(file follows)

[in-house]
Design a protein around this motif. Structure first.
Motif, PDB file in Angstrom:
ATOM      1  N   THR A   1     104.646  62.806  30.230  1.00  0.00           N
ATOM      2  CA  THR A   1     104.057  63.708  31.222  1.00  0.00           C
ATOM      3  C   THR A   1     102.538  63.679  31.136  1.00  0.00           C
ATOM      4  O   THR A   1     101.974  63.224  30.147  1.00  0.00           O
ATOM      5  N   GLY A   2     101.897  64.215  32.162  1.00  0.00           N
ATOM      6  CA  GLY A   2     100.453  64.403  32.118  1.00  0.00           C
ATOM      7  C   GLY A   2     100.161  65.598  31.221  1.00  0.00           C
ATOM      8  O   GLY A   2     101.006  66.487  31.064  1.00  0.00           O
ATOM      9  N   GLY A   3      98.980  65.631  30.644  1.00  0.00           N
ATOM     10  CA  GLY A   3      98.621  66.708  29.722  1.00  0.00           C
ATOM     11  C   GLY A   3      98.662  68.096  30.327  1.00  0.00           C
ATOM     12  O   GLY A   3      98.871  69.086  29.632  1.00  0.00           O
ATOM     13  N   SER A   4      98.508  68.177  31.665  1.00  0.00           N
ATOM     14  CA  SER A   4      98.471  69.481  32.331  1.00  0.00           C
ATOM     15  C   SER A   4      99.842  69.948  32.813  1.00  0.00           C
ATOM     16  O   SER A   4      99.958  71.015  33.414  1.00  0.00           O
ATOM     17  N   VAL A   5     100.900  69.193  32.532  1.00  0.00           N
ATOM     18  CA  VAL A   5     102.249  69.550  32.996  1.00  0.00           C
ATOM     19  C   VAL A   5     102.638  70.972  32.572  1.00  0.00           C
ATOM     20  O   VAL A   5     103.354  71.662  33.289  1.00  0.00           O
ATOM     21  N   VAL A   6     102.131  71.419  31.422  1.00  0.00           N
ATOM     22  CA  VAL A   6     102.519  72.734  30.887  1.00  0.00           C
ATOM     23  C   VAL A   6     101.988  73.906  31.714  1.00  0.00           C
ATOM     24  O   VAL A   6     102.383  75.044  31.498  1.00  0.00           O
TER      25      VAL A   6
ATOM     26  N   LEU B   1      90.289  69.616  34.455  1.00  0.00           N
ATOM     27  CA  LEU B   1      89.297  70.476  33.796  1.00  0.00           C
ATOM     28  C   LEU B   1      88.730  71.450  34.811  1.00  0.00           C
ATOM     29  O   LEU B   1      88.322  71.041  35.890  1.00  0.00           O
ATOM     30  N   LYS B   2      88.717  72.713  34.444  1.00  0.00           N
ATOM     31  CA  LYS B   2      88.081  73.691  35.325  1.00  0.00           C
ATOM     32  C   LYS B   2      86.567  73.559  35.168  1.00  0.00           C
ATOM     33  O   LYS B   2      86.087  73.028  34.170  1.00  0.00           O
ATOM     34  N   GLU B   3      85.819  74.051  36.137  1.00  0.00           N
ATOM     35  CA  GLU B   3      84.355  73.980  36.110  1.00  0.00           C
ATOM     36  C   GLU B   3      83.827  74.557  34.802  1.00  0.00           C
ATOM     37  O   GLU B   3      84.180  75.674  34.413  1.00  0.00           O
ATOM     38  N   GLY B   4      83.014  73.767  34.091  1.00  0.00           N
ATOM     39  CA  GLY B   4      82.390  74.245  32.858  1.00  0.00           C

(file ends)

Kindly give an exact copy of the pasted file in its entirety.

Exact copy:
[in-house]
Design a protein around this motif. Structure first.
Motif, PDB file in Angstrom:
ATOM      1  N   THR A   1     104.646  62.806  30.230  1.00  0.00           N
ATOM      2  CA  THR A   1     104.057  63.708  31.222  1.00  0.00           C
ATOM      3  C   THR A   1     102.538  63.679  31.136  1.00  0.00           C
ATOM      4  O   THR A   1     101.974  63.224  30.147  1.00  0.00           O
ATOM      5  N   GLY A   2     101.897  64.215  32.162  1.00  0.00           N
ATOM      6  CA  GLY A   2     100.453  64.403  32.118  1.00  0.00           C
ATOM      7  C   GLY A   2     100.161  65.598  31.221  1.00  0.00           C
ATOM      8  O   GLY A   2     101.006  66.487  31.064  1.00  0.00           O
ATOM      9  N   GLY A   3      98.980  65.631  30.644  1.00  0.00           N
ATOM     10  CA  GLY A   3      98.621  66.708  29.722  1.00  0.00           C
ATOM     11  C   GLY A   3      98.662  68.096  30.327  1.00  0.00           C
ATOM     12  O   GLY A   3      98.871  69.086  29.632  1.00  0.00           O
ATOM     13  N   SER A   4      98.508  68.177  31.665  1.00  0.00           N
ATOM     14  CA  SER A   4      98.471  69.481  32.331  1.00  0.00           C
ATOM     15  C   SER A   4      99.842  69.948  32.813  1.00  0.00           C
ATOM     16  O   SER A   4      99.958  71.015  33.414  1.00  0.00           O
ATOM     17  N   VAL A   5     100.900  69.193  32.532  1.00  0.00           N
ATOM     18  CA  VAL A   5     102.249  69.550  32.996  1.00  0.00           C
ATOM     19  C   VAL A   5     102.638  70.972  32.572  1.00  0.00           C
ATOM     20  O   VAL A   5     103.354  71.662  33.289  1.00  0.00           O
ATOM     21  N   VAL A   6     102.131  71.419  31.422  1.00  0.00           N
ATOM     22  CA  VAL A   6     102.519  72.734  30.887  1.00  0.00           C
ATOM     23  C   VAL A   6     101.988  73.906  31.714  1.00  0.00           C
ATOM     24  O   VAL A   6     102.383  75.044  31.498  1.00  0.00           O
TER      25      VAL A   6
ATOM     26  N   LEU B   1      90.289  69.616  34.455  1.00  0.00           N
ATOM     27  CA  LEU B   1      89.297  70.476  33.796  1.00  0.00           C
ATOM     28  C   LEU B   1      88.730  71.450  34.811  1.00  0.00           C
ATOM     29  O   LEU B   1      88.322  71.041  35.890  1.00  0.00           O
ATOM     30  N   LYS B   2      88.717  72.713  34.444  1.00  0.00           N
ATOM     31  CA  LYS B   2      88.081  73.691  35.325  1.00  0.00           C
ATOM     32  C   LYS B   2      86.567  73.559  35.168  1.00  0.00           C
ATOM     33  O   LYS B   2      86.087  73.028  34.170  1.00  0.00           O
ATOM     34  N   GLU B   3      85.819  74.051  36.137  1.00  0.00           N
ATOM     35  CA  GLU B   3      84.355  73.980  36.110  1.00  0.00           C
ATOM     36  C   GLU B   3      83.827  74.557  34.802  1.00  0.00           C
ATOM     37  O   GLU B   3      84.180  75.674  34.413  1.00  0.00           O
ATOM     38  N   GLY B   4      83.014  73.767  34.091  1.00  0.00           N
ATOM     39  CA  GLY B   4      82.390  74.245  32.858  1.00  0.00           C